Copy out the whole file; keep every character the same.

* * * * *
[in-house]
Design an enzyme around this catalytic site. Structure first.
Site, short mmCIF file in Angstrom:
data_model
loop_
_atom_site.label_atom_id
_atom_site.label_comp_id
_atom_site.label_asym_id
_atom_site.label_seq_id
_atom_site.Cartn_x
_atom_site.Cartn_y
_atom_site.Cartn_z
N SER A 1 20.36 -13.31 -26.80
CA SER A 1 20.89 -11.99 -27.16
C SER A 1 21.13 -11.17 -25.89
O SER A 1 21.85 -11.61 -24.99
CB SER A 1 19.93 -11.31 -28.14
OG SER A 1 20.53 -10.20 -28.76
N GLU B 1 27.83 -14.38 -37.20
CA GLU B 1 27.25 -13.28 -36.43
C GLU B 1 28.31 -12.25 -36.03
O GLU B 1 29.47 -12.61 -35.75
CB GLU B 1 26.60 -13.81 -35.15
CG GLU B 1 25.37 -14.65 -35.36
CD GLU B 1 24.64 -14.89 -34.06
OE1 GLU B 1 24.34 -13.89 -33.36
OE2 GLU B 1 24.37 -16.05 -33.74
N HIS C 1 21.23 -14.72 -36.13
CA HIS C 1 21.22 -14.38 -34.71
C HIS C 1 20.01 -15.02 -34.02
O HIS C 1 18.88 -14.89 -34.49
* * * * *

[in-house]
Design an enzyme around this catalytic site. Structure first.
Site, short mmCIF file in Angstrom:
data_model
loop_
_atom_site.label_atom_id
_atom_site.label_comp_id
_atom_site.label_asym_id
_atom_site.label_seq_id
_atom_site.Cartn_x
_atom_site.Cartn_y
_atom_site.Cartn_z
N SER A 1 20.36 -13.31 -26.80
CA SER A 1 20.89 -11.99 -27.16
C SER A 1 21.13 -11.17 -25.89
O SER A 1 21.85 -11.61 -24.99
CB SER A 1 19.93 -11.31 -28.14
OG SER A 1 20.53 -10.20 -28.76
N GLU B 1 27.83 -14.38 -37.20
CA GLU B 1 27.25 -13.28 -36.43
C GLU B 1 28.31 -12.25 -36.03
O GLU B 1 29.47 -12.61 -35.75
CB GLU B 1 26.60 -13.81 -35.15
CG GLU B 1 25.37 -14.65 -35.36
CD GLU B 1 24.64 -14.89 -34.06
OE1 GLU B 1 24.34 -13.89 -33.36
OE2 GLU B 1 24.37 -16.05 -33.74
N HIS C 1 21.23 -14.72 -36.13
CA HIS C 1 21.22 -14.38 -34.71
C HIS C 1 20.01 -15.02 -34.02
O HIS C 1 18.88 -14.89 -34.49